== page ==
Walking around the old town of Vilnius, capital of Lithuania, you cannot miss a plaque on a historic building. It reads, “Anyone who would choose Lithuania as an enemy has also made an enemy of the United States of America.”
These are the words of President George W. Bush, who visited Vilnius in 2002. At that time Lithuania had not yet formally joined NATO, nor the EU. In front of a huge crowd, Bush’s statement drew chants of “thank you!” For Lithuanians, this was the moment the country fully regained its independence and became a part of the Western family.
With the Welles declaration of 1940, the US refused to recognize the Soviet occupation of the Baltic States — an act of defiance that is still commemorated in Washington Square in Vilnius each July. It also offered a glimpse of hope for the freedom fighters who ultimately won Lithuania’s independence. The young country, together with Latvia and Estonia, became the success stories of post-communist transformation.
With just over 6 million inhabitants, the three Baltics managed to create democratic institutions, market economies and vibrant civil societies. And the role of the US was indispensable.
Not surprisingly, America is still seen very positively in Lithuania. Opinion polls currently show 85% favorability towards the US, and it has never been significantly lower. To this day, for most Lithuanians, the US is the only thing that stands between current peace in the Baltics and bloody Kremlin-led crusades such as those that happened in Ukraine.
As a result, US politics is of utmost importance to the Baltics. At the moment, the local media’s attention to the presidential elections is significantly higher than the upcoming Lithuanian parliament elections.
Historically, Lithuanians, as well as the roughly 600,000 Americans of Lithuanian-descent, tend to favor Republicans. From Ronald Reagan, who is still an iconic figure for labeling Soviet Union as an “evil empire,” to George W. Bush, whose administration concluded NATO’s historic enlargement to the East in 2004, Republicans were seen as being “more rigorous” in terms of foreign policy towards the Kremlin.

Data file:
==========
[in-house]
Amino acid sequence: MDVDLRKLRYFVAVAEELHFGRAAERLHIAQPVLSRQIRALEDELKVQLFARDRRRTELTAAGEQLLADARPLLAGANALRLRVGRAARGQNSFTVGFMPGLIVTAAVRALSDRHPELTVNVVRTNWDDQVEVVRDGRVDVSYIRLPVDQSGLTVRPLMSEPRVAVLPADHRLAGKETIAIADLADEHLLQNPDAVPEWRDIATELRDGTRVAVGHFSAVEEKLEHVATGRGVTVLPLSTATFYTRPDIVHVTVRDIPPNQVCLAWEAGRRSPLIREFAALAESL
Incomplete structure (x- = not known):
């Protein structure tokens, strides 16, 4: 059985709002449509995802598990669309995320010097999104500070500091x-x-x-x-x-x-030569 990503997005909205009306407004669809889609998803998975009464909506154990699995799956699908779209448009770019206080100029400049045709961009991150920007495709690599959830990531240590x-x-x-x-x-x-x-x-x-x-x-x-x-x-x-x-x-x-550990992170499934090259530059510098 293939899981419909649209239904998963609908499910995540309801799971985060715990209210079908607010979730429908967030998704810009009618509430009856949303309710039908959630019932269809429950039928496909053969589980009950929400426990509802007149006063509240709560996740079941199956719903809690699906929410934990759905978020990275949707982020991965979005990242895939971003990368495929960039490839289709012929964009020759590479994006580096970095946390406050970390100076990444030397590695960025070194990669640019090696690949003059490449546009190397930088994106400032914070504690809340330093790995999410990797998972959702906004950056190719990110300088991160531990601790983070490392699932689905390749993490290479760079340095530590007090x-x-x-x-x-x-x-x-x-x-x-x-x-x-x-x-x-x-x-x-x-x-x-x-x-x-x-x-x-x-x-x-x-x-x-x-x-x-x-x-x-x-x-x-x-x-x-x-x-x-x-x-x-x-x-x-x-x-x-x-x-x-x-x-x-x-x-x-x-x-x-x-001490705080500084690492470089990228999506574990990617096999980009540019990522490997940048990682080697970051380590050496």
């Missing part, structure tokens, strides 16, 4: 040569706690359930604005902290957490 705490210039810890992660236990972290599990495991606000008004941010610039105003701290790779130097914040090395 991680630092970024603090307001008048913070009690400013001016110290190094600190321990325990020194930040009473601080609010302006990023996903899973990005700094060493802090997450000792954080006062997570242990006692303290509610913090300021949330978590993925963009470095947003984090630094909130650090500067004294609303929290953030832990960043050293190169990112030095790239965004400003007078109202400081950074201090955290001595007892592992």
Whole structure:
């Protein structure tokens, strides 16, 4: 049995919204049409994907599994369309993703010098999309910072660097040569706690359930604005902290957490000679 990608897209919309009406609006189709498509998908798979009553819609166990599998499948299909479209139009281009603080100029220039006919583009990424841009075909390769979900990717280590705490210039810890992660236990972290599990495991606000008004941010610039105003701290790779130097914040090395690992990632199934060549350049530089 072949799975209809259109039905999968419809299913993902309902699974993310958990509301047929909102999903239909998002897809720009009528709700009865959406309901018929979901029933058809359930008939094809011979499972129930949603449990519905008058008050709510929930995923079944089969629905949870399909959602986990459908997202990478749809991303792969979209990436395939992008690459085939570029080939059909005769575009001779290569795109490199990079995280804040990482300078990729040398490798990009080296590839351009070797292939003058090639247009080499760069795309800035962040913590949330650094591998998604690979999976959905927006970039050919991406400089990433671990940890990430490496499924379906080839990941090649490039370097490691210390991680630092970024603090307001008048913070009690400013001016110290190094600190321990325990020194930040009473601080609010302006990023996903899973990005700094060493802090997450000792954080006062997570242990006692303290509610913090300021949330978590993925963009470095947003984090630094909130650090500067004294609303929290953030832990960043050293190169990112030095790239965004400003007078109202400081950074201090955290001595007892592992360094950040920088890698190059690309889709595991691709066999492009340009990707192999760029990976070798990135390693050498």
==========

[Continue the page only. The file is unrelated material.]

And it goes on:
That’s changed with Donald Trump.
Even without an elected position, the Republican presidential nominee is causing anxiety in the region and making Vice President Joe Biden work to reassure America’s allies.
By calling NATO “obsolete,” Trump draws arguments from the playbook of Russian President Vladimir Putin, who constantly refers to the alliance as “a relic of Cold War.”
It is Trump, rather than a military escalation in the Donbass region of Ukraine, that brings memories of the “Iron Curtain.” That not only puts American friends in danger, but it forms a lasting negative attitude towards the trans-Atlantic alliance in parts of American society.
After all, it was not only military strength but the political and rhetorical unity around the principle of NATO’s deterrence that helped shape the post-WWII landscape which saw the US become the leader of global politics.
And we should not forget that the first and the only time that Article Five of NATO — the principle of collective defense — was used in practice was not to defend some Eastern European country. It was after 9/11, which brought American friends all over the globe to stand in unity. Lithuania, however small and seemingly irrelevant, contributed and played a role in Afghanistan, with our nation’s Aitvaras special forces, nicknamed Hell’s Angels, drawing attention for their professionalism and skills in Ghor province.
While Lithuania is regretfully still not contributing 2% of its GDP to its defense, the budget has increased in recent years and is intended to reach the mark as soon as 2018.
But contrary to what Trump says, it is not only the numbers that matter. When recently deployed US troops met with the public in Lithuanian cities, a journalist asked one senior citizen, “Aren’t you afraid seeing all that military technique in your town? Isn’t that bringing memories of the war?”
He replied, “Why should I? I have been waiting for American troops for seventy years of my life.”
The hope for American leadership and principles is still very much alive. And realization of American leadership very much needed.
Democracy promotion may have had its failures, but it certainly succeeded here.
Lithuanians might have lost some of their traditional leaning towards Republicans. Current polls show little support for Trump.
But the Baltic States still believe in the idea of Reagan’s “Shining City on a Hill,” which also enlightens countries across the Atlantic. The hope is that the recent gathering of clouds will not shield it.